Paris - CNA
New warning on COVID-19 vaccine supplies sparks EU concern

A warning from AstraZeneca that initial supplies of its COVID-19 vaccinations to Europe will be lower than expected has sparked new concern over the rollout of inoculations, with some countries planning for a sharp drop in deliveries.

Friday's announcement by the British pharmaceutical firm followed another last week by Pfizer, which said it would delay shipments of its vaccine for up to a month due to works at its key plant in Belgium.

The companies' warnings come with worry deepening over new COVID-19 variants, particularly one that emerged in Britain and which is more infectious than the original strain.

Overall, Europe has now recorded more than 692,000 deaths and nearly 32 million infections.

The European Union has so far approved vaccines from Pfizer and its German partner BioNTech as well as from US company Moderna.

It has not yet approved the vaccine from AstraZeneca and its partner the University of Oxford, but is expected to make a decision by Jan 29.

AstraZeneca said in its statement that if EU approval is granted, the "initial volumes will be lower than anticipated", although the start would not be delayed.

The company blamed "reduced yields at a manufacturing site within our European supply chain."

It said it would in any case supply the EU with "millions of doses" while ramping up production in February and March.

The announcement led to "deep dissatisfaction" from EU member states, which "insisted on a precise delivery schedule," said European health commissioner Stella Kyriakides.


Austrian health minister Rudolf Anschober called it "very, very bad news" and said his country would receive in February only slightly more than half of the 650,000 AstraZeneca doses it had anticipated.

Lithuania said it was expecting an 80 per cent reduction in AstraZeneca doses in the first quarter.

Some government officials however sought to reassure their countries - weary and battered by months of the pandemic and already on edge over slow vaccination rollouts.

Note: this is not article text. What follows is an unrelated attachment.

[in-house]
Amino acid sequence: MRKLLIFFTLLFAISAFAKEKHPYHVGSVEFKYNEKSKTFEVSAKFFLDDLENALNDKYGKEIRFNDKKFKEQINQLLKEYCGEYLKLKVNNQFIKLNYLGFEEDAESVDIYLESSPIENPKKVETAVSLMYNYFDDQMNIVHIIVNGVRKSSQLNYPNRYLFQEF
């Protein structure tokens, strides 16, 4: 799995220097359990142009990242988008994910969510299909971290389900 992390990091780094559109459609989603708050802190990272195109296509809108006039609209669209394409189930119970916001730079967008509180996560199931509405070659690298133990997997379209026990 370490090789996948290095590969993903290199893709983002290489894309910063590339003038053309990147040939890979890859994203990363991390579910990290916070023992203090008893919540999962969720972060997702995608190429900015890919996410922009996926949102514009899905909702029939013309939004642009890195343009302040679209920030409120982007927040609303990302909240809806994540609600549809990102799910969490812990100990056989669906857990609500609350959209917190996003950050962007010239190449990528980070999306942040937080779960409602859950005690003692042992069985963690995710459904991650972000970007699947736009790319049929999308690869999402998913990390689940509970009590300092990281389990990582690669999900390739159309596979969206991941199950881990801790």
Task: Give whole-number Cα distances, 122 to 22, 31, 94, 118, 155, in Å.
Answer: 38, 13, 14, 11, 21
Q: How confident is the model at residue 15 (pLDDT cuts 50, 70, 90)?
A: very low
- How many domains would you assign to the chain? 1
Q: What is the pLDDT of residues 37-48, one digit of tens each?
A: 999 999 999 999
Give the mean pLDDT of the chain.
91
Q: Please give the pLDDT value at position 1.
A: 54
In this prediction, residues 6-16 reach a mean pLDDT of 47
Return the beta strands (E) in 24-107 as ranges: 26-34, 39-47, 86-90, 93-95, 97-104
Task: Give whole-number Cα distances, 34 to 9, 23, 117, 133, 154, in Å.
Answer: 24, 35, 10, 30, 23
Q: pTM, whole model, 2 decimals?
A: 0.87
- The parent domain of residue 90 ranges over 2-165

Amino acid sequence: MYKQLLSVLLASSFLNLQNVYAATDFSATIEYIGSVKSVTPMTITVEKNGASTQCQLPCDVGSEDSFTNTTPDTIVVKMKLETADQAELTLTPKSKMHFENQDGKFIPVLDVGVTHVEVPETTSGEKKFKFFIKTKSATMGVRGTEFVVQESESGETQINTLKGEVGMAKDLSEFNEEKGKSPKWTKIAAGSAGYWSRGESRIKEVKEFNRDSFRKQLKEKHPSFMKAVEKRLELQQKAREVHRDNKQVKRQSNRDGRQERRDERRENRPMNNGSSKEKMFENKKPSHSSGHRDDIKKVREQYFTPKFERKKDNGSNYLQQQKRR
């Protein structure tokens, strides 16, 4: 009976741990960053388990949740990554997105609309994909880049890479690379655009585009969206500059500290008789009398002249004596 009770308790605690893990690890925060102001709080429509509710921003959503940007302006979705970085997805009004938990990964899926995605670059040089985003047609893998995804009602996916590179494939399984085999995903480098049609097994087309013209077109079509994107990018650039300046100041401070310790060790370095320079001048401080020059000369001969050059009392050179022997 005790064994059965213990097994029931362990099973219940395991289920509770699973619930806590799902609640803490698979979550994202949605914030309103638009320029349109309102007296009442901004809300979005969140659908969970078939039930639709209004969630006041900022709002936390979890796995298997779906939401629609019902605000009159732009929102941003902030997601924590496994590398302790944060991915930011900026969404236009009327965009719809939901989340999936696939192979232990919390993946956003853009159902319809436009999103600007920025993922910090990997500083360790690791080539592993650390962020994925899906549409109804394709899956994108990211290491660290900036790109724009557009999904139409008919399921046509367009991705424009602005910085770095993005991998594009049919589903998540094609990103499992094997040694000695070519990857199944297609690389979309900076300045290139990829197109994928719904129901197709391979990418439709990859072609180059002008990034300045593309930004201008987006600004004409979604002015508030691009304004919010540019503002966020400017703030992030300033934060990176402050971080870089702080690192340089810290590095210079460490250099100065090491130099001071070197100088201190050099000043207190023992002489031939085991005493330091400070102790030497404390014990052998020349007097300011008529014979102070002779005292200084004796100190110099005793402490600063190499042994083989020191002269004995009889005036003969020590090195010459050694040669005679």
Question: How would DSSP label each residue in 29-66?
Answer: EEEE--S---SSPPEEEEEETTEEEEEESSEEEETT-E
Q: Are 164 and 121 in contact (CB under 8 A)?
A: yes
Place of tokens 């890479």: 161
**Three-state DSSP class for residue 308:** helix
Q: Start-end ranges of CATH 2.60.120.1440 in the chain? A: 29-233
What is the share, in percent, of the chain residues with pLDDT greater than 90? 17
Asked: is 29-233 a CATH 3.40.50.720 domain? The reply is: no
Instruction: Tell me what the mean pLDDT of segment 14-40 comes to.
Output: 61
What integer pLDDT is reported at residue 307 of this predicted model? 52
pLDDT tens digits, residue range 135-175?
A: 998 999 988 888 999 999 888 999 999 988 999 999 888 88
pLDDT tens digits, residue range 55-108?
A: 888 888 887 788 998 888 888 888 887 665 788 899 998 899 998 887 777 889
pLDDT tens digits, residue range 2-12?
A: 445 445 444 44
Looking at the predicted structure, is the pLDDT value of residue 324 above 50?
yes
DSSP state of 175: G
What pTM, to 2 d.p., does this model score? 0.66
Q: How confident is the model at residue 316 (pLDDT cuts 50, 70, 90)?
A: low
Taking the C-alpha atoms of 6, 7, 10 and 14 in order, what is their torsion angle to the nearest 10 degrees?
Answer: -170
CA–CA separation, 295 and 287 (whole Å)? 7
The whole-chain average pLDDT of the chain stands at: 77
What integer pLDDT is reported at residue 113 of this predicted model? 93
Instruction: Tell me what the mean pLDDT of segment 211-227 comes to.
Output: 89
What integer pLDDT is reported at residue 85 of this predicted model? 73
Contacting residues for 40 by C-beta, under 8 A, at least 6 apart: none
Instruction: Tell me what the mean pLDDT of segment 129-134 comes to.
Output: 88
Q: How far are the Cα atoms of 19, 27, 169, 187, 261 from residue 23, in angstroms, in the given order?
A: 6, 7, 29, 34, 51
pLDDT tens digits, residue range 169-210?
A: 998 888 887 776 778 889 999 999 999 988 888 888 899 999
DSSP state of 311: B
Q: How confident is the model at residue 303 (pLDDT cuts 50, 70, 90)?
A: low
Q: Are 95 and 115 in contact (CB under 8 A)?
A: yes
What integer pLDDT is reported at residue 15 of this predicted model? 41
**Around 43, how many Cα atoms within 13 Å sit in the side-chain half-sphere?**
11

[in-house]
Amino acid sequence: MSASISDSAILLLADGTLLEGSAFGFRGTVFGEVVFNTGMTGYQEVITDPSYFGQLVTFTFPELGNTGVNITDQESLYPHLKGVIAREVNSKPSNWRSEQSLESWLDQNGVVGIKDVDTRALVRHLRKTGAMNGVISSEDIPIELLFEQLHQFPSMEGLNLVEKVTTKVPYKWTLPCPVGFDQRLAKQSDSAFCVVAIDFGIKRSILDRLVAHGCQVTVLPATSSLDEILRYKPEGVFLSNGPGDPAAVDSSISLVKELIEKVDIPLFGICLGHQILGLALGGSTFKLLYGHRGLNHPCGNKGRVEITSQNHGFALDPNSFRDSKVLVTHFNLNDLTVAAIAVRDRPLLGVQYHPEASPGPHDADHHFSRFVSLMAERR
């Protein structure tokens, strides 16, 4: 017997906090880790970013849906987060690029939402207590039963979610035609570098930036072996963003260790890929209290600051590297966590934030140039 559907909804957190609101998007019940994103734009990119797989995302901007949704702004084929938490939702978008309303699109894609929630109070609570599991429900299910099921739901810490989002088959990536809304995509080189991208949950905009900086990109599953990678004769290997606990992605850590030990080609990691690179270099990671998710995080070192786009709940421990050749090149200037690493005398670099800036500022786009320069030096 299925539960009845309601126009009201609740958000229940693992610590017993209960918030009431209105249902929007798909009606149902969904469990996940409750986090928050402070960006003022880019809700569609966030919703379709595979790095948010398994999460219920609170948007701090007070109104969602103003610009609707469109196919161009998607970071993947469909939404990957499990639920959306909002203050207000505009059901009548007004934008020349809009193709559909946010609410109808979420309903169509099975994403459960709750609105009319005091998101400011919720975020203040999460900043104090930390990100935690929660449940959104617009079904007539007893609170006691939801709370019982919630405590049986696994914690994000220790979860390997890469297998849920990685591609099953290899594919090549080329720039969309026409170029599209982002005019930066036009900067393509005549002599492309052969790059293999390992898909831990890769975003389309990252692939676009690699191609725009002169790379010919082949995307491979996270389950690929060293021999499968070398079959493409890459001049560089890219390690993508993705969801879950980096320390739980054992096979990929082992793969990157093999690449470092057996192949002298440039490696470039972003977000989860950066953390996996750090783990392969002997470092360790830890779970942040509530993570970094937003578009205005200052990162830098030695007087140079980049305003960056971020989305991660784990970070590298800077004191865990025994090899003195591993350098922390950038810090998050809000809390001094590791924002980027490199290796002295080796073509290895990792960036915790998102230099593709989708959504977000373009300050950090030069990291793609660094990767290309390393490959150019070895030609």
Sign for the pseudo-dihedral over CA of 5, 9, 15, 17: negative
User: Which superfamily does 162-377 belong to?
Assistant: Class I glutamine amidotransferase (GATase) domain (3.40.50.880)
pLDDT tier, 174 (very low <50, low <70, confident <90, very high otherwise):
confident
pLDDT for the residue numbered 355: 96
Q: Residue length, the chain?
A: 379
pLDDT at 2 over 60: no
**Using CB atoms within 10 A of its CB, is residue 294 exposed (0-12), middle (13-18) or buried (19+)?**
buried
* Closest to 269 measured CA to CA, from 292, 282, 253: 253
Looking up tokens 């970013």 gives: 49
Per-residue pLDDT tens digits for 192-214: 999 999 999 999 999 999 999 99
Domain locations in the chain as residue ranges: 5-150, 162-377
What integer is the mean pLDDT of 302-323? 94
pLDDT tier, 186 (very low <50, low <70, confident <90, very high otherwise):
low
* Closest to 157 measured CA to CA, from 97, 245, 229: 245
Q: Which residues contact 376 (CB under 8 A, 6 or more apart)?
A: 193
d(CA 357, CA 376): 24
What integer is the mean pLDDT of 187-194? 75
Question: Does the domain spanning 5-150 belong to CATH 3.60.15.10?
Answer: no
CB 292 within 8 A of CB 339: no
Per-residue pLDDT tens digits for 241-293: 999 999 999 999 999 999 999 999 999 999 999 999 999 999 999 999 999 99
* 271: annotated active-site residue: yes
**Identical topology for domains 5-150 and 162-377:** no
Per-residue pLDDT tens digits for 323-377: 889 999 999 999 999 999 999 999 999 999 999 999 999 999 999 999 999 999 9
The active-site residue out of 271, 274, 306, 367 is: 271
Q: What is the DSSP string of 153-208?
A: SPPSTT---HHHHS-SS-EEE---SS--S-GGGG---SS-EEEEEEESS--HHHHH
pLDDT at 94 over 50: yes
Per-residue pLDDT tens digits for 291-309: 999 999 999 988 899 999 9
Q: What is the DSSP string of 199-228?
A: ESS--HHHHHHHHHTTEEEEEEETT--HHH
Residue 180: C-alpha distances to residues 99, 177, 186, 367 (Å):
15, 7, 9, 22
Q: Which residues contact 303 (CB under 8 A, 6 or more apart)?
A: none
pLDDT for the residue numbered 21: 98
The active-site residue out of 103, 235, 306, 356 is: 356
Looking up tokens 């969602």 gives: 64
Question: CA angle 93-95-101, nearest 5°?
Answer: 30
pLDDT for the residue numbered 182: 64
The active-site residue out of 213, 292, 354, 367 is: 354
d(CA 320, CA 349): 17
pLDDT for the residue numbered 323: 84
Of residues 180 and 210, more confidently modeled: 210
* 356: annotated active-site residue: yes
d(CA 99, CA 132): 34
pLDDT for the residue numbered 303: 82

"We have new vaccines on the way. We have Pfizer, which is increasing its production capacities," French industry minister Agnes Pannier-Runacher told French radio.

"We had indicated a million people vaccinated by the end of January. We are at 950,000 today, so that objective will be surpassed."

An Italian senior health official said that Italy will have to rethink its COVID-19 vaccination plans if supply problems persist.

The country had already had to cut its daily inoculations by more than two thirds because of delays in deliveries of shots from US drugmaker Pfizer, Franco Locatelli, the head of Italy's higher health council, told a press conference.

Now that AstraZeneca Plc has also warned of cuts in deliveries to its doses - even as they await clearance for use in the bloc - Italy might have to redraw its national roll out at the end fo the month, he said.

Vaccinations in Italy have slowed to 20,000 to 25,000 a day from peaks of more than 90,000 around two weeks ago, Locatelli said.

The EU had initially ordered up to 400 million doses of the AstraZeneca vaccine.

In total, the EU has secured contracts for more than two billion vaccine doses for a total population of 450 million.

The AstraZeneca vaccine has the advantage of being cheaper to produce than that of its rivals as well as being simpler to store and transport.


German health minister Jens Spahn also sought to downplay the announcement's effect, saying that after the jab's expected approval in a week's time "there will be AstraZeneca deliveries in February."

Though he added: "How much, we must still clarify with AstraZeneca and the European Union in the days ahead."

Spahn acknowledged this was less than expected. The delay showed the production of vaccines was a much more complex task than some media headlines suggested, he added.

Spahn renewed his promise that the government would be able to make a vaccination offer to all citizens who wanted to get the shot by the summer. "If the expected approvals for further vaccines come, it will stay that way," Spahn said.

Sweden's national vaccination coordinator Richard Bergstrom said he expects his country to receive around 700,000 doses in the first month after the vaccine is authorised compared to one million expected initially.

Norway, which is not an EU member but which follows decisions made by the bloc's EMA regulator, expressed "disappointment."

The country's FHI health authority now plans to receive only 200,000 AstraZeneca doses in February - far less than the 1.12 million initially expected.

Meanwhile, the Pfizer delay announced last week was continuing to cause criticism.

Pfizer said on Jan 15 that modifications at its Puurs factory were necessary to ramp up vaccine production capacity from mid-February.

"We believe that Pfizer is currently at fault," Domenico Arcuri, Italy's special commissioner for the pandemic, said in La Stampa newspaper on Saturday, confirming the country planned to pursue legal action against the company.

"The 20 per cent reduction in Pfizer vaccine supplies is not an estimation, but a sad certainty," he said, adding that Italians' health was not "negotiable".

French European affairs minister Clement Beaune on Friday called on Pfizer to "honour its commitments."

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